More Meaningful Work

We welcome you! Each semester, more than 60 faculty and staff from across campus are engaged in Honors. Honors-affiliated faculty and staff work individually and in collaboration with their colleges to increase student opportunities across campus and lead students to do more meaningful work.



What is Honors Education?

The National Collegiate Honors Council defines Honors Education as "characterized by in-class and extracurricular activities that are measurably broader, deeper, or more complex than comparable learning experiences typically found at institutions of higher education. Honors experiences include a distinctive learner-directed environment and philosophy, provide opportunities that are appropriately tailored to fit the institution's culture and mission, and frequently occur within a close community of students and faculty."

Cohen Honors Learning Outcomes

Faculty Engagement in Honors

Faculty engagement in Honors often meets guidelines for UNISCOPE Service or Teaching Scholarship. Honors-affiliated faculty and staff serve Honors and the campus in many ways:

WSU is an institutional member of NCHC and the Great Plains Honors Council.

How to Get Involved with Honors Teaching

Faculty and staff from across campus are invited to develop and teach Honors College seminars including first-year seminars. We are particularly interested in interdisciplinary, team-taught, and social justice topics.

Interested faculty should submit a course proposal through CIM system and include specific information about what makes the course an Honors-level experience. Course proposals are routed to the Honors College Faculty Council for review. Instructors whose courses are approved by the council will be asked to confirm chair approval and other details related to course scheduling.  

Faculty also may use the Seminar Course Proposal form to make a preliminary inquiry and get feedback on a course idea. 

Teaching existing HNRS seminars: Faculty may request to teach an existing Honors seminar course such as HNRS 351 Survey of Leadership, HNRS 352 Survey of Law and Public Policy, or HNRS 486 Collaborative Research. For more information about Honors curriculum, visit the current student page of our website or the undergraduate catalog.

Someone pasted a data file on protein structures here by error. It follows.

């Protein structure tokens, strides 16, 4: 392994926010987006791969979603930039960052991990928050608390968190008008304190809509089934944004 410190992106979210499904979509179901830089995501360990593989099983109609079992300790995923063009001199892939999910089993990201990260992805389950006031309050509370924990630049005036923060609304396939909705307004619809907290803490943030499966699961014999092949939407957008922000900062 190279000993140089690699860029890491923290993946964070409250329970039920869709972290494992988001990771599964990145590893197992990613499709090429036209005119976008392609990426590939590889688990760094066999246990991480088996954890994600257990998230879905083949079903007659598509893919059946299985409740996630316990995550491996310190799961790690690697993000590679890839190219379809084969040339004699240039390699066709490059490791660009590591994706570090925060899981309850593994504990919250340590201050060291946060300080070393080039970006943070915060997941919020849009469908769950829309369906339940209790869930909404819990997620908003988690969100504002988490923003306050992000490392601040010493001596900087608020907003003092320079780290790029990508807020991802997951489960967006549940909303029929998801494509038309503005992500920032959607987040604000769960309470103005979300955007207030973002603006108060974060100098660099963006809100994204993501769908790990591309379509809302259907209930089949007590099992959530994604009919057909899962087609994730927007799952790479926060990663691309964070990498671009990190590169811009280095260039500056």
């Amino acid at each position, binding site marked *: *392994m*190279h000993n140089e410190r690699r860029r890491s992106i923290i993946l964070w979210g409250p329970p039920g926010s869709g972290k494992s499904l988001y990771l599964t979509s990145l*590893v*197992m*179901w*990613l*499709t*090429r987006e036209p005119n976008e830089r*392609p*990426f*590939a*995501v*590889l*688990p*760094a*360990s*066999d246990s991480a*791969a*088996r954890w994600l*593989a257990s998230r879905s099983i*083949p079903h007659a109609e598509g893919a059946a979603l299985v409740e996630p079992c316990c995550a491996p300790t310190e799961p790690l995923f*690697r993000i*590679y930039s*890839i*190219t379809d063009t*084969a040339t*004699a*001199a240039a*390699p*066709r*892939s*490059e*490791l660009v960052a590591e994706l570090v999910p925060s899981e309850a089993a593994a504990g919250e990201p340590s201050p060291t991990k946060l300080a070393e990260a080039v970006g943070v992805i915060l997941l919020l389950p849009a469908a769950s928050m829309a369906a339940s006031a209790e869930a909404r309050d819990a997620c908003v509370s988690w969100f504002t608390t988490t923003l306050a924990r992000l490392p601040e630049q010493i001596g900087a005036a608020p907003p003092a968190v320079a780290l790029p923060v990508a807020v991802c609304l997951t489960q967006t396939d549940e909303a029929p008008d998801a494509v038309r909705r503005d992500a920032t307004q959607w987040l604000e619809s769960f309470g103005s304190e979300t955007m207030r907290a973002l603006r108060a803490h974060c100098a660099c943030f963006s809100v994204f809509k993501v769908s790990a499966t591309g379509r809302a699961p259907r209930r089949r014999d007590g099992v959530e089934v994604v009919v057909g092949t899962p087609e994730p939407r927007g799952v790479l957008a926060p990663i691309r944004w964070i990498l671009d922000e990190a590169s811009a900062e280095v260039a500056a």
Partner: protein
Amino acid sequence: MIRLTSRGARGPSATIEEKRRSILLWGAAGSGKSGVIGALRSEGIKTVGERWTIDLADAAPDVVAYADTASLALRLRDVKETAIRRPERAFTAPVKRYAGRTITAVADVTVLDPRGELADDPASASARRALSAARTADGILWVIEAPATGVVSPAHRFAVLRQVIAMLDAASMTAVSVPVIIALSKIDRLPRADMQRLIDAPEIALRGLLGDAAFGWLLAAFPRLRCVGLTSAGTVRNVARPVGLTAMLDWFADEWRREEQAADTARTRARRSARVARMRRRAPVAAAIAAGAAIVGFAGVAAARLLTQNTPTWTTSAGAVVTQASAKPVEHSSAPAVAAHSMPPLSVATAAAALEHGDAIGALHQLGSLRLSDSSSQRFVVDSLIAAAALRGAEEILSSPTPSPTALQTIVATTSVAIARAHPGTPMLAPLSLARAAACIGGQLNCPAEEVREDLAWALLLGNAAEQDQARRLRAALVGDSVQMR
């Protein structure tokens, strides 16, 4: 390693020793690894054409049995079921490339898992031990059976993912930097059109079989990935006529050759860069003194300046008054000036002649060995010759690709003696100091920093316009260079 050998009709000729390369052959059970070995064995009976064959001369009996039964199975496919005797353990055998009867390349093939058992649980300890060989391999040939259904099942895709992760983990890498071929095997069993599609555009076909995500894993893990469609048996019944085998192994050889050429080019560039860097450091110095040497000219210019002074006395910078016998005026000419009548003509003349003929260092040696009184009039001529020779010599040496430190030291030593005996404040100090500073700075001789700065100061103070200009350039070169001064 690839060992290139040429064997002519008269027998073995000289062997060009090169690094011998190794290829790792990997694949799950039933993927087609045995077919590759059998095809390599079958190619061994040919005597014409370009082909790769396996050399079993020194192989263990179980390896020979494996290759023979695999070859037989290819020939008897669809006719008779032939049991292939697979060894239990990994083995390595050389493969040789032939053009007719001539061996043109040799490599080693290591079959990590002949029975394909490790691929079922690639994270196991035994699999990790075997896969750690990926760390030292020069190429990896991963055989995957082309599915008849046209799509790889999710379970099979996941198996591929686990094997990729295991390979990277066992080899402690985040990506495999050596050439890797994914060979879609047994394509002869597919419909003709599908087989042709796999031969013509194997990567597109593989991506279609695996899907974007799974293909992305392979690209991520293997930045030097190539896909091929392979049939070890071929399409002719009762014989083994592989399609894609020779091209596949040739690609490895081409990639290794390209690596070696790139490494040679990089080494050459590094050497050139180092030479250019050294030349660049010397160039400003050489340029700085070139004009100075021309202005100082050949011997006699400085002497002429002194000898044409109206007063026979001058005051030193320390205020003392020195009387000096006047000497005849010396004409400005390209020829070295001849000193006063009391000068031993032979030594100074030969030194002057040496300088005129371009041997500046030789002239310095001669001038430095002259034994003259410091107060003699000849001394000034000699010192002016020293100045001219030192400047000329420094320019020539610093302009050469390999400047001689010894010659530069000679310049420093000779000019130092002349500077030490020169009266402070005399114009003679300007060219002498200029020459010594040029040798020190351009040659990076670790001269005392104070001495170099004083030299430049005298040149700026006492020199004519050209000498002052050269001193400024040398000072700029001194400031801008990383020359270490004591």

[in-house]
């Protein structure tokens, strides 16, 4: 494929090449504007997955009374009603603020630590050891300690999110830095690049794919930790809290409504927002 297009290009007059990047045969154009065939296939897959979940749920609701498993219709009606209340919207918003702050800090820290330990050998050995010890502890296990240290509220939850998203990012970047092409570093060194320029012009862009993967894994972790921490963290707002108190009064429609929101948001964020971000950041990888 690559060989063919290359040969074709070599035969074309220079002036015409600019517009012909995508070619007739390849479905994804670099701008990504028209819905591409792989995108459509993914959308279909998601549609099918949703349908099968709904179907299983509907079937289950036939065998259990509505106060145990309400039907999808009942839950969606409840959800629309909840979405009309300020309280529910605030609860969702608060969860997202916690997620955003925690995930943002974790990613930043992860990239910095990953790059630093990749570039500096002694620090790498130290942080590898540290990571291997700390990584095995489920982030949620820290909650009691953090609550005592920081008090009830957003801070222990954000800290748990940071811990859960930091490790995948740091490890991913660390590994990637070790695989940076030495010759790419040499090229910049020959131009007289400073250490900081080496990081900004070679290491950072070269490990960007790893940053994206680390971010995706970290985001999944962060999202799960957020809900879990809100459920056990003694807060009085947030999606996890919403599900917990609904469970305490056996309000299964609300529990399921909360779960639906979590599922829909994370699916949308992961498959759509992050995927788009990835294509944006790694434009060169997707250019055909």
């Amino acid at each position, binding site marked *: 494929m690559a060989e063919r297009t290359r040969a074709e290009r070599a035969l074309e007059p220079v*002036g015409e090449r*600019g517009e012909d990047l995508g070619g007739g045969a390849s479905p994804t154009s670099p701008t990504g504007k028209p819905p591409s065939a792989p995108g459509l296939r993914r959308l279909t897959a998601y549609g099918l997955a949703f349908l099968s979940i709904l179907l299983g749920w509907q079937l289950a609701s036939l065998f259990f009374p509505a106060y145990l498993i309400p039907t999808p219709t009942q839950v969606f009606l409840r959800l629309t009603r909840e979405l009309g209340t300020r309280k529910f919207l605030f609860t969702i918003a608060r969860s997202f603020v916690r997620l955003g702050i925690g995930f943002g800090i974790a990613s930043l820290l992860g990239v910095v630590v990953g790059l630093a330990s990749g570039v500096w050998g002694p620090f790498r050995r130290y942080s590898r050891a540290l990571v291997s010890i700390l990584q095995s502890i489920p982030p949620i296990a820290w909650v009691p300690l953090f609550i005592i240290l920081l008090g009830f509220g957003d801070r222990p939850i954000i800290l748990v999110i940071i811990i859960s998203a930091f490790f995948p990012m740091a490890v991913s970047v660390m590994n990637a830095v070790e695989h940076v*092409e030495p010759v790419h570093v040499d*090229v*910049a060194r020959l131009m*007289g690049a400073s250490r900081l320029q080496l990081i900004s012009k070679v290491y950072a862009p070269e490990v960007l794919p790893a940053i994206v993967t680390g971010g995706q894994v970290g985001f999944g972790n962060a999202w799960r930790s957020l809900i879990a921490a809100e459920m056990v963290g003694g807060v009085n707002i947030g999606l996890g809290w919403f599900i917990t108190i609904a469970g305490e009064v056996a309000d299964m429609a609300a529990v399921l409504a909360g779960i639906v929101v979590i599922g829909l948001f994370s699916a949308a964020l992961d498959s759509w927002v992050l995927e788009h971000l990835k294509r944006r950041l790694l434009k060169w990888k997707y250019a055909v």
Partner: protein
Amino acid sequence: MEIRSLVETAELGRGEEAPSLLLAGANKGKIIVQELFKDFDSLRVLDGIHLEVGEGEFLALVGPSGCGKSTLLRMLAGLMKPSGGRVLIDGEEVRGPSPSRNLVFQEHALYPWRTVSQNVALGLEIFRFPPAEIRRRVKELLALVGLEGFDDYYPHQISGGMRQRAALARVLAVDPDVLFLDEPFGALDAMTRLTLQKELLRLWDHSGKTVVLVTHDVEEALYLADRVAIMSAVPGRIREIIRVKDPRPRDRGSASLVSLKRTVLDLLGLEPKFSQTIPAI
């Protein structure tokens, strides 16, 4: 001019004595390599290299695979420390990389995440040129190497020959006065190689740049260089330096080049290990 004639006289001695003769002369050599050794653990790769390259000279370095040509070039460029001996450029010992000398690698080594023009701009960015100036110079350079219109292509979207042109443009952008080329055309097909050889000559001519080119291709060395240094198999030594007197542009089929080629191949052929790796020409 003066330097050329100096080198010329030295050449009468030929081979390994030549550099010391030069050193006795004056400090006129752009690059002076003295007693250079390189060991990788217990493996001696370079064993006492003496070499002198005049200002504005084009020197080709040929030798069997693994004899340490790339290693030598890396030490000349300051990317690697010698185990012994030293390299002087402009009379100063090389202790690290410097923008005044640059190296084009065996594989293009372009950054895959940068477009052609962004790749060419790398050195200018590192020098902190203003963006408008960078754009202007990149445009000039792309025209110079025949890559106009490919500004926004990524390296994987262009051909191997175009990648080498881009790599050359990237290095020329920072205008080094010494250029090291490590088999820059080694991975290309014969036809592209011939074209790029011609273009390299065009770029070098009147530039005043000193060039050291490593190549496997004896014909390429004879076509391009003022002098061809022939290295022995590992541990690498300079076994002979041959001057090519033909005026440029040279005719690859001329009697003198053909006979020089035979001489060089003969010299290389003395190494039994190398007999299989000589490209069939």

Departmental honors courses: Departments may offer an honors (H- suffix) section of any existing department course by adding a cross-listed course through the Course Information Management system (CIM). Once approved by the department and the honors faculty council, these courses are scheduled and supported by the department. Department chairs are welcome to contact the Dean of the Cohen Honors College with any questions.

How to Get Involved in Honors Outside of the Classroom

Interested faculty may serve as an undergraduate research mentor, as a member of the Undergraduate Research and Creative Activity grants committee, or on the Cohen Honors College Faculty Council, the faculty governance board that oversees Honors curriculum and academic affairs.

Cohen Honors Faculty Fellows

Current Faculty Fellows
Background and Purpose

We seek to engage a diverse group of faculty and staff each year to increase our Honors course offerings and increase or improve Honors and high-impact experiences such as undergraduate research, service-learning, and study abroad. Fellows are funded by a gift from Dorothy and Bill Cohen.

Faculty are invited to submit proposals to fund honors course development and other projects related to Honors. Fellows may propose funding for research and implementation of high-impact practices/programs such as the recent first-year research experience program (FYRE).

The first Honors Faculty Fellows served in summer 2013 to develop the Honors College concept and curriculum. These faculty, in collaboration with the Faculty Senate Honors Committee, articulated the college vision and intended benefits that current Honors-affiliated faculty and faculty fellows support.

Application Materials

Submit to: Campus Box 102 or by email to

  • A two- to three-page proposal (statement of interest) that includes background sources, if appropriate, information about why you are interested in Honors or high-impact practices, what prepares you for this work, a timeline and budget;